Recruitment and References

In this circular we discuss the importance of regulating who can give references for your Practice, as well as tips on recruitment and determining suitability of candidates for the role.

Giving References

If you don't have a written policy on giving references, you might later find out a co-worker gave a very favourable or even exaggerated reference for a former employee without your authority.  If the employment does not work out, this could reflect poorly on your Practice, and so it makes sense to take steps (and is reasonable and fair) to protect your Practice's reputation and ensure any references are accurate and not misleading.

We recommend having a written policy in place, for example in your Staff Manual, stating that only the Practice Manager and/or Owners are authorised to provide references; and references are to be provided verbally rather than in writing to avoid it becoming irrevocable in the unfortunate event post-dismissal facts come to light which change your mind.  The policy should also make clear that compliance is expected, and so, non-compliance will be taken seriously.


Fortunately we have observed Practices are becoming busier again and looking to grow their teams.  Failing to consider long term recruitment strategies can be costly and demotivating for the team.  If you prematurely appoint employees who are not suitable, or cannot ascertain the skills, you will probably face a high turnover and lose resources invested for training and recruitment.  It is therefore easy to justify investing at the outset to maximise a return on investment.  After careful consideration of the desired candidate (identifying skills as well as personality, long term alignment and ability to add value), we suggest you release an advertisement with your logo, stating your Practice goals, and importantly stating why employees should apply for the role.  Focusing on employee benefits (including stating the benefits to the environment, access to a mentor and professional development) is likely to spark the interest of more candidates than simply outlining the requirements for the role. You can consider offering enrollment in a certificate course, or financial support for relocating staff, which can then be subject to repayment if the person does not maintain employment after 12 months.  Please see our Repayment Agreements on the member portal which can be utilised for both of these purposes.

It is also very important to do your due diligence on the prospective employee.  This includes checking references from prior and recent direct managers; asking open questions to determine areas of further development and how the person responds to change and challenges; and paying attention to whether or not the application evidences genuine interest and research undertaken into your Practice and the industry generally.  Please see our Recruitment Tools on the member portal for more useful resources.  As part of your due diligence you can also easily see if the candidate has been involved in a Fair Work Hearing (if that is relevant to you) by typing in the person's name under Keywords here:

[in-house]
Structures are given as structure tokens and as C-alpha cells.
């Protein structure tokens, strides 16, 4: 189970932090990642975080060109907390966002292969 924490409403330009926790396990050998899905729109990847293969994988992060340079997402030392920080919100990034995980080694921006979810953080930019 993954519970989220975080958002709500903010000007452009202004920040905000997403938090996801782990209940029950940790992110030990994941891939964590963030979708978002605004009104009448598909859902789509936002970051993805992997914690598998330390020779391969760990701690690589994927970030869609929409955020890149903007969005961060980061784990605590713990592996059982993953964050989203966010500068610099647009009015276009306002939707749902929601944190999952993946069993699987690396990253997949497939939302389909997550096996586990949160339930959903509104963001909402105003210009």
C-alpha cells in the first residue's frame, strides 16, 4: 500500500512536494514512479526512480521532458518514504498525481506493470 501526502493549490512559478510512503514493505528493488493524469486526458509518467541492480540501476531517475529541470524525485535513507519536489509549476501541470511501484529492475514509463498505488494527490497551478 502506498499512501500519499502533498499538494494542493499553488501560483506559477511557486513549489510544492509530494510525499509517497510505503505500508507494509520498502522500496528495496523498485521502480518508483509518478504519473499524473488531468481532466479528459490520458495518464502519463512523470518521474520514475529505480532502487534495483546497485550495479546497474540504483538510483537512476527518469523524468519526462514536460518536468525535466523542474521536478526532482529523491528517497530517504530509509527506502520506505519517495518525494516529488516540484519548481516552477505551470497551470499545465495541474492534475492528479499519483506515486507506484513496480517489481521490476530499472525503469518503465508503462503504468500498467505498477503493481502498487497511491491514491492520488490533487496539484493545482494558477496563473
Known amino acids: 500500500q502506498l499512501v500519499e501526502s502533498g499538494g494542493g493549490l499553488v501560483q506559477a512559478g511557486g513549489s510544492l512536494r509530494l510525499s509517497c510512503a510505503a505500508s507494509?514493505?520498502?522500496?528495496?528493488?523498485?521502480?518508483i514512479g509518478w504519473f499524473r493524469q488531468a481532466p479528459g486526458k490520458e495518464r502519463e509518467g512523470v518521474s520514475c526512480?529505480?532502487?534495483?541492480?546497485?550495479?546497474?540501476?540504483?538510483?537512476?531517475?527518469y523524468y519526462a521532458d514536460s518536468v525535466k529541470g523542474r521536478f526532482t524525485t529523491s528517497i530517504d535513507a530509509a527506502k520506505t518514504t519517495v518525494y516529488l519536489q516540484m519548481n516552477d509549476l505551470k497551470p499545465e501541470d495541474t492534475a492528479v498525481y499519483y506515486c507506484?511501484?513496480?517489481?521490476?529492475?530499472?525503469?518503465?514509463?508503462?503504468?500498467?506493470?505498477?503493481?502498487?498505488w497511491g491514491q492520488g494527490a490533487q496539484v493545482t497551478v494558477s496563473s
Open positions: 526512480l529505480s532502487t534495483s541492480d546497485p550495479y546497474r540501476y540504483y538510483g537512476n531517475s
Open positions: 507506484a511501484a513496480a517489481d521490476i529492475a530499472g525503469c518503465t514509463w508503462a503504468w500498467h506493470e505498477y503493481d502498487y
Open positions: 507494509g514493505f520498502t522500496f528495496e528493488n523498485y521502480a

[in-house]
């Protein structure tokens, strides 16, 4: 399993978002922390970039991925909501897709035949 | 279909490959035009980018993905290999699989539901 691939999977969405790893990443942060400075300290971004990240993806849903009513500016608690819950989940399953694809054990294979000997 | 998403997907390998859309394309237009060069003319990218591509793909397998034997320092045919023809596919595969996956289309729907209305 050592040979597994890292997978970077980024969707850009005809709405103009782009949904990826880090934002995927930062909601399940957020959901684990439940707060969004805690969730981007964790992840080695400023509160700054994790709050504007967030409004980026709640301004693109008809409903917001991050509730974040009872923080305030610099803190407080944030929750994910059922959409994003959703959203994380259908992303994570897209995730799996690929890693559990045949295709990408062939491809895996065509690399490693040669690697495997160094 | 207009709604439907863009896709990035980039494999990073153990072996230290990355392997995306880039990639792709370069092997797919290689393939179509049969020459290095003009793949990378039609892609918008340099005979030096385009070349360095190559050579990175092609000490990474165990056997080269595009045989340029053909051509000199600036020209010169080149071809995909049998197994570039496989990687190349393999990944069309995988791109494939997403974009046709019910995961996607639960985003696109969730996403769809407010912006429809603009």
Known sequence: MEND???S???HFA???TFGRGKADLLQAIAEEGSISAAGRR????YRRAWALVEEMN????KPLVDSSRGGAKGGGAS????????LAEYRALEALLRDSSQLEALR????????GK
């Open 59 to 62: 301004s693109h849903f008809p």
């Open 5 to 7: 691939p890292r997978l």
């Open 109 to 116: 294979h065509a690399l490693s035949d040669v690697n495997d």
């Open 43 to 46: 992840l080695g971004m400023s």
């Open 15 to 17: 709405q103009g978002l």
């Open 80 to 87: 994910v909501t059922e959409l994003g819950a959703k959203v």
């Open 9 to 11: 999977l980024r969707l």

In assessing suitability, we suggest you advise the employee if the job is busy and stressful and specifically enquire if there are any health conditions that may impact them performing the role.  It would be unfortunate for example if the employee's health prevented them from effectively responding to change, if the Practice was about to go through a period of change.  You can also ask the employee to disclose existing relevant health conditions; provide a police check and obtain a working with children's card, if they are relevant for your Practice.  These clauses are standard in ClinLegal contracts.  Please note if any of these disclosures are not relevant, it may be unlawful to rely on them in making a decision not to employ the person.  Prospective employees (and contractors) are also covered by the general protections through Fair Work.

Once employment commences, consider appointing a mentor (a senior and positive co-worker to support the on-boarding process and be available to check-in regularly with the employee).  During the probationary period it is also useful to have regular catch-up meetings to take and give feedback, and to provide some structure and insight during this important period.  There may be times where you decide the employee is not suitable.  It is important to take advice prior to effecting a termination because some of the legal protections apply to all employees regardless of duration of tenure.  However it is useful to remember that unfair dismissal laws do not apply to employees for the first 6 months; or 12 months in the case of small businesses.  Despite this, we always suggest following a structured approach to terminations that complies with the law, minimises risk and also minimises disruption.

If you would like to learn more about recruitment strategies that maximise on a return to investment for your Practice, feel free to reach out to us on [email protected] and check out the other articles in our Blog.

This Circular is produced for guidance purposes only and is not a substitute for legal advice. Legal advice should be sought for individual circumstances. For tailored advice for your Practice, please contact us.